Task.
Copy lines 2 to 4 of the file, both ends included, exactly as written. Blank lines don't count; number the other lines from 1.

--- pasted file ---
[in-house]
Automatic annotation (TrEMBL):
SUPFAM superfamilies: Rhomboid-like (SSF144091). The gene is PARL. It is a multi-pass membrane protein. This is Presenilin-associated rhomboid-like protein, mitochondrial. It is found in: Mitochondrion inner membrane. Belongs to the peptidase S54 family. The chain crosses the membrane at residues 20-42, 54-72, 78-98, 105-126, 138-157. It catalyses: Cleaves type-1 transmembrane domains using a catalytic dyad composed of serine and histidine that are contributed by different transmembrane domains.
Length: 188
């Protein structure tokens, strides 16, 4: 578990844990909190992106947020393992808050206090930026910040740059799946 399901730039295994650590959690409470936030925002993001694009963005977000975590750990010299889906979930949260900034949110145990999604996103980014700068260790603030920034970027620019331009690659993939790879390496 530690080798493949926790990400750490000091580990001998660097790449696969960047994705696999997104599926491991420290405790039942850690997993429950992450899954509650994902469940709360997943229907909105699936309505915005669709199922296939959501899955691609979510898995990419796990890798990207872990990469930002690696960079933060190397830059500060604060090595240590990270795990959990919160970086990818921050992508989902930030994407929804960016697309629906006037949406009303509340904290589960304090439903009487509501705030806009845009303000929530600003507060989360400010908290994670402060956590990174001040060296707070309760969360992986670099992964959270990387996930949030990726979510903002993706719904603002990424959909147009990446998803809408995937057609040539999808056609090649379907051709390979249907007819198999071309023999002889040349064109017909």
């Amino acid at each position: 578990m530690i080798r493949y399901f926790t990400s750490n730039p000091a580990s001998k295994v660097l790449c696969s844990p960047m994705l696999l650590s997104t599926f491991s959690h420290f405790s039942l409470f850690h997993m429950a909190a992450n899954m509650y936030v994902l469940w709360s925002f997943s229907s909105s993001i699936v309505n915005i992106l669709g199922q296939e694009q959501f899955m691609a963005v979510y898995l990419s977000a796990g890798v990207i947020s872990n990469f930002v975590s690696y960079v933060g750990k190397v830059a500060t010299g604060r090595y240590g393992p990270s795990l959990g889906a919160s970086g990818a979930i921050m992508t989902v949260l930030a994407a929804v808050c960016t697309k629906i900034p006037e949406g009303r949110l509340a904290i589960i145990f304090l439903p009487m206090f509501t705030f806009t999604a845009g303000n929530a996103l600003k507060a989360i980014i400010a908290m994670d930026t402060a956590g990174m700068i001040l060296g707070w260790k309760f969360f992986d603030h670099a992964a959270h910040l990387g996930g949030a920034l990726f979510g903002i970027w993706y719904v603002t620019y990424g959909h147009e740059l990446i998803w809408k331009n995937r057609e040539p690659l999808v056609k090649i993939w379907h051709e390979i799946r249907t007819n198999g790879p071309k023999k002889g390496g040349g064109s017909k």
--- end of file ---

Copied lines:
Automatic annotation (TrEMBL):
SUPFAM superfamilies: Rhomboid-like (SSF144091). The gene is PARL. It is a multi-pass membrane protein. This is Presenilin-associated rhomboid-like protein, mitochondrial. It is found in: Mitochondrion inner membrane. Belongs to the peptidase S54 family. The chain crosses the membrane at residues 20-42, 54-72, 78-98, 105-126, 138-157. It catalyses: Cleaves type-1 transmembrane domains using a catalytic dyad composed of serine and histidine that are contributed by different transmembrane domains.
Length: 188